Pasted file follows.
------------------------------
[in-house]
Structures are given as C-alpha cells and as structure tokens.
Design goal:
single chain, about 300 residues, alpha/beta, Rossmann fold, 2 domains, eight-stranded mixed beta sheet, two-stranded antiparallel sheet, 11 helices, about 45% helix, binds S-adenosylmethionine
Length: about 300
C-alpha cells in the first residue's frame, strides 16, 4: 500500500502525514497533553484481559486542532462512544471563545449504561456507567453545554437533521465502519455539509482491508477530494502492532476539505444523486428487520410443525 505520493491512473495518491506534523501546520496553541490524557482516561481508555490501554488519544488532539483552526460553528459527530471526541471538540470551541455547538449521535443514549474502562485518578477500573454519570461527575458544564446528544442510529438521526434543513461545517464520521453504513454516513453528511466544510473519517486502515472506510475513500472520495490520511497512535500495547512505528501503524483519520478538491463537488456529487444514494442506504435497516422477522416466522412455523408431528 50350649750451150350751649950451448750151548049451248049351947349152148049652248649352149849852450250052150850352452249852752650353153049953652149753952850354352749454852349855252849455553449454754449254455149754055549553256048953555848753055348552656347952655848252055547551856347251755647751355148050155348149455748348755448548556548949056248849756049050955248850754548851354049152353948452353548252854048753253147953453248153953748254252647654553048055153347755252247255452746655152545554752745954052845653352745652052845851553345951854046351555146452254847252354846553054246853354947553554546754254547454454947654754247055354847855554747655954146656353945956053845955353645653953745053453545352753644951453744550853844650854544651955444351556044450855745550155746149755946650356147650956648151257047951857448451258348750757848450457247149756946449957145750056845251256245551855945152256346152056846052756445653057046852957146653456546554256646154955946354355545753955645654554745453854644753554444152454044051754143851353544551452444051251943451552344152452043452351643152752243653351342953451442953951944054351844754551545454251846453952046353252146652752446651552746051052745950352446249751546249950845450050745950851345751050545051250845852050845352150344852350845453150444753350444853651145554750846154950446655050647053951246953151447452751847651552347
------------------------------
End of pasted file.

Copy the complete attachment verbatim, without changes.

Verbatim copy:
[in-house]
Structures are given as C-alpha cells and as structure tokens.
Design goal:
single chain, about 300 residues, alpha/beta, Rossmann fold, 2 domains, eight-stranded mixed beta sheet, two-stranded antiparallel sheet, 11 helices, about 45% helix, binds S-adenosylmethionine
Length: about 300
C-alpha cells in the first residue's frame, strides 16, 4: 500500500502525514497533553484481559486542532462512544471563545449504561456507567453545554437533521465502519455539509482491508477530494502492532476539505444523486428487520410443525 505520493491512473495518491506534523501546520496553541490524557482516561481508555490501554488519544488532539483552526460553528459527530471526541471538540470551541455547538449521535443514549474502562485518578477500573454519570461527575458544564446528544442510529438521526434543513461545517464520521453504513454516513453528511466544510473519517486502515472506510475513500472520495490520511497512535500495547512505528501503524483519520478538491463537488456529487444514494442506504435497516422477522416466522412455523408431528 50350649750451150350751649950451448750151548049451248049351947349152148049652248649352149849852450250052150850352452249852752650353153049953652149753952850354352749454852349855252849455553449454754449254455149754055549553256048953555848753055348552656347952655848252055547551856347251755647751355148050155348149455748348755448548556548949056248849756049050955248850754548851354049152353948452353548252854048753253147953453248153953748254252647654553048055153347755252247255452746655152545554752745954052845653352745652052845851553345951854046351555146452254847252354846553054246853354947553554546754254547454454947654754247055354847855554747655954146656353945956053845955353645653953745053453545352753644951453744550853844650854544651955444351556044450855745550155746149755946650356147650956648151257047951857448451258348750757848450457247149756946449957145750056845251256245551855945152256346152056846052756445653057046852957146653456546554256646154955946354355545753955645654554745453854644753554444152454044051754143851353544551452444051251943451552344152452043452351643152752243653351342953451442953951944054351844754551545454251846453952046353252146652752446651552746051052745950352446249751546249950845450050745950851345751050545051250845852050845352150344852350845453150444753350444853651145554750846154950446655050647053951246953151447452751847651552347